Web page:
A recent DiversityInc article raised awareness of the 12 transgender women who were murdered in the US in 2014. The article isn’t perfect – it criticizes the media for its attention to Eric Garner and Michael Brown and not these transgender women, ignoring the fact that many more Black men and women’s stories were also not in the media, simply because they also were not killed by White police officers. Murdered Black men and women, cisgender and transgender and queer, simply do not make the news very often, so I doubt that homophobia is what prevented these stories from being heard (racism would be a more likely culprit). The lack of national outcry over these murders is, sadly, tragically, not a surprise to me.
However, the author does raise a more subtle point, and one that I think *could* be addressed and ultimately “fixed:” in reporting the deaths of these women, they are referred to as men, both by the police and the media. As Chai Jindasurat of the National Coalition of Anti-Violence Programs (NCAVP) notes, “The harm of the media misgendering and victim-blaming is that is sends a message to the public that these homicides are not as series, and that somehow transgender people deserve it.” Police departments have claimed that they are legally obligated to use the gender on the victim’s drivers license in official statements. But why is this necessary, and what harm is this causing?
1. Misgendering leads to inaccurate reporting of transgender attacks and hate crimes. When the gender identity of victims is not included in legal paperwork, this can lead to incorrect reporting of hate-motivated violence. According to the article linked above, the FBI only captured 10% of the attacks recorded by the NCAVP.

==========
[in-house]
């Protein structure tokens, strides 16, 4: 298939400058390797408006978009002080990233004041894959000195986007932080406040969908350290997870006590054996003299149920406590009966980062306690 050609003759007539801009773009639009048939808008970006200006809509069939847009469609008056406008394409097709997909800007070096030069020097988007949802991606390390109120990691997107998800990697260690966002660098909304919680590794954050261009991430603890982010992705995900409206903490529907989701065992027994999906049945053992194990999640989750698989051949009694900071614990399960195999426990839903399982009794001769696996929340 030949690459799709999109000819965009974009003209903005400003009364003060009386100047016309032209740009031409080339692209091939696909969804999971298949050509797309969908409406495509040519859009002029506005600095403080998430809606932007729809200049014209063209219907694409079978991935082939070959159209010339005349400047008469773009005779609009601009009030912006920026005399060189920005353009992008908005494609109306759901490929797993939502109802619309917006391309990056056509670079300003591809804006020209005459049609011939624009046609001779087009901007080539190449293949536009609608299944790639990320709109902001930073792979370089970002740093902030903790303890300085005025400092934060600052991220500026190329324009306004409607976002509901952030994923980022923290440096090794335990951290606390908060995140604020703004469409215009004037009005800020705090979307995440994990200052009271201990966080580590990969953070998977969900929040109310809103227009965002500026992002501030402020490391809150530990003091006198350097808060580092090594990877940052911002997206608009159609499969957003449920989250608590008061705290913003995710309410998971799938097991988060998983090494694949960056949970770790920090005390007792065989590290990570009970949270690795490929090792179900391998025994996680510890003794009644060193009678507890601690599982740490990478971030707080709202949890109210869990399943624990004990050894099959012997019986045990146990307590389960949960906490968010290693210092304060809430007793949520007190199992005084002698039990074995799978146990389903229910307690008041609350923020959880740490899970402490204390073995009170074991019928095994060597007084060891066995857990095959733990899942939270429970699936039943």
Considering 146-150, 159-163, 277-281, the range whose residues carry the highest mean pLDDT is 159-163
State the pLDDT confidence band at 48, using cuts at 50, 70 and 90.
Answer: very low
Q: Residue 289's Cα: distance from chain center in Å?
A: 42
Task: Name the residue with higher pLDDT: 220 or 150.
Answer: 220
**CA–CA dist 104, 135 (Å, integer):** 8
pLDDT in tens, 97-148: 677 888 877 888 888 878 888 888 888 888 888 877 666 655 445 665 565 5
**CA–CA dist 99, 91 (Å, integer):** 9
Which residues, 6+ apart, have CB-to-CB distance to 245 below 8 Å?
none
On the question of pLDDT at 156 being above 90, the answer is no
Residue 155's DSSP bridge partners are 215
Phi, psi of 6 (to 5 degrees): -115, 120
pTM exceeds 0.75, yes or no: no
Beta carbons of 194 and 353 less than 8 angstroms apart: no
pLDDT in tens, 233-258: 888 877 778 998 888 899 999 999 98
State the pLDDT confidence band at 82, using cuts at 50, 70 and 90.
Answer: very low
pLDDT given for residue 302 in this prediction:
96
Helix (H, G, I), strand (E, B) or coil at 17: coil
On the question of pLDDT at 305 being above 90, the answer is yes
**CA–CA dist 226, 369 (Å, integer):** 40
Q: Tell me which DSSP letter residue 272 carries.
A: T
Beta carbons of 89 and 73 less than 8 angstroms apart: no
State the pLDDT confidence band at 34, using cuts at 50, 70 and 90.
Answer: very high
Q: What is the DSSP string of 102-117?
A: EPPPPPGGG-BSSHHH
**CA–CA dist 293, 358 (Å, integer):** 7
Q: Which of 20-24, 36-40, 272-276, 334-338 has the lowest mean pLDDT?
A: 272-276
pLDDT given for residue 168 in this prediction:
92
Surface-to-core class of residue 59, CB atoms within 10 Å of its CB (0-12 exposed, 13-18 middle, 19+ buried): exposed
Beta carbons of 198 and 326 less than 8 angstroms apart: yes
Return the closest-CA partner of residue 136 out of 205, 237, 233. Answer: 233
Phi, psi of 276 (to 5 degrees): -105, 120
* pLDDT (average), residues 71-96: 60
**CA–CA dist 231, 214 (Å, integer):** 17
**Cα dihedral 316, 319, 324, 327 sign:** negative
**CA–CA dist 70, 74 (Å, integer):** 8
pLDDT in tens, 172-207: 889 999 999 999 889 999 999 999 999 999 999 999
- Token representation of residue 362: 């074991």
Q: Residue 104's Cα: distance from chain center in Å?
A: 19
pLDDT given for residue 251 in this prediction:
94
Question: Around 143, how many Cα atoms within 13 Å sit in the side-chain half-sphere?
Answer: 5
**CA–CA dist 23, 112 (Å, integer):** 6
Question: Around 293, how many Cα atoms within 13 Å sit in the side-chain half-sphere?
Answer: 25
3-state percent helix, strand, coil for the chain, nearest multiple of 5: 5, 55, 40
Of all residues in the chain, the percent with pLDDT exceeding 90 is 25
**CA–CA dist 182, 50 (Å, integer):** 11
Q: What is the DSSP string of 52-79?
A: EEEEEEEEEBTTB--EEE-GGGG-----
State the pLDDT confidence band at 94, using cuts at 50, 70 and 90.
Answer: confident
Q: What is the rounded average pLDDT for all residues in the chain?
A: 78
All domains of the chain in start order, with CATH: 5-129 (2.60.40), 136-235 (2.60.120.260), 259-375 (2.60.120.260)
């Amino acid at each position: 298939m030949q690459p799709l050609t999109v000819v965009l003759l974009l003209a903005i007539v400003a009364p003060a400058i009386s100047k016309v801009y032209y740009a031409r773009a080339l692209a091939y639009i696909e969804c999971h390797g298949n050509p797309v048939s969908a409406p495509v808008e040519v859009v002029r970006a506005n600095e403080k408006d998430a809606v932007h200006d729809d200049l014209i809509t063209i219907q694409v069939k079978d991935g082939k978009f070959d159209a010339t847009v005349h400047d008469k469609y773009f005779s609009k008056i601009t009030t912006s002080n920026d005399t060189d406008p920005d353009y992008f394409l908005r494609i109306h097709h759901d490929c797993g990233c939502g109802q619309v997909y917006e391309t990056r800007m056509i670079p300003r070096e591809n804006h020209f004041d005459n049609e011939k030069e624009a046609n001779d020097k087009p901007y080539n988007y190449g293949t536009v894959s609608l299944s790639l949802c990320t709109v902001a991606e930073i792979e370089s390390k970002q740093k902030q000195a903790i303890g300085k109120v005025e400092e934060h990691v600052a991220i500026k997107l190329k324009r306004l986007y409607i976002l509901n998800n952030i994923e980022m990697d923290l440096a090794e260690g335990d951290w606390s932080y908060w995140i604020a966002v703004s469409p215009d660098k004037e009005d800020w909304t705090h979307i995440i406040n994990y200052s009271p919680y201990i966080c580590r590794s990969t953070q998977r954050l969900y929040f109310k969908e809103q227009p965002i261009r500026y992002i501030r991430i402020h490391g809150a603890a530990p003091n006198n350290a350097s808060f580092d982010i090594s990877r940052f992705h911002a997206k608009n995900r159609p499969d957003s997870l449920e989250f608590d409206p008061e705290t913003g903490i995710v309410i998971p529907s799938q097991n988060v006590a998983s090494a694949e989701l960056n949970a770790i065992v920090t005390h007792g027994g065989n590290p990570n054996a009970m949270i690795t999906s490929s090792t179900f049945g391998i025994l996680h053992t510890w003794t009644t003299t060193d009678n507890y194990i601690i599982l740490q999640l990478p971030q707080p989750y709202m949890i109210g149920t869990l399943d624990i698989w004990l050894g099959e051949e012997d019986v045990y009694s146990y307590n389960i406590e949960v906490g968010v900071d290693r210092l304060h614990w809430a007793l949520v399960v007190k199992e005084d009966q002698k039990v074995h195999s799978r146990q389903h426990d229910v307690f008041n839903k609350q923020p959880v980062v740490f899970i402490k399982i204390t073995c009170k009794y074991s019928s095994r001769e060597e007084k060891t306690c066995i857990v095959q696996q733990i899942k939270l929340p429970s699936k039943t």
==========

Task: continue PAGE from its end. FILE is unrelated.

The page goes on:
2. Misgendering is disrespectful to the victim and his or her family, who are already suffering enough. In this case, four women have been murdered. At least provide them with some dignity after death by using their preferred gender pronoun. It really isn’t that hard.
3. Homophobia is rampant, especially against transgender people. Mislabeling leads to victim-blaming and mockery of those who, again, deserve some dignity in death. While I’m not sure that proper gender pronouns would wholly eliminate this (I’m sure it wouldn’t, sadly), what it would do is demonstrate respect for the victim. And when others – particularly the media and police, all people in positions of authority – treat transgender men and women with respect, maybe the public will start to follow suit.
So what we can do: encourage the media and law enforcement to use a victim’s preferred gender pronoun when discussing his or her case. This humanizes the victim and shows him or her the respect he or she (or ze) deserves.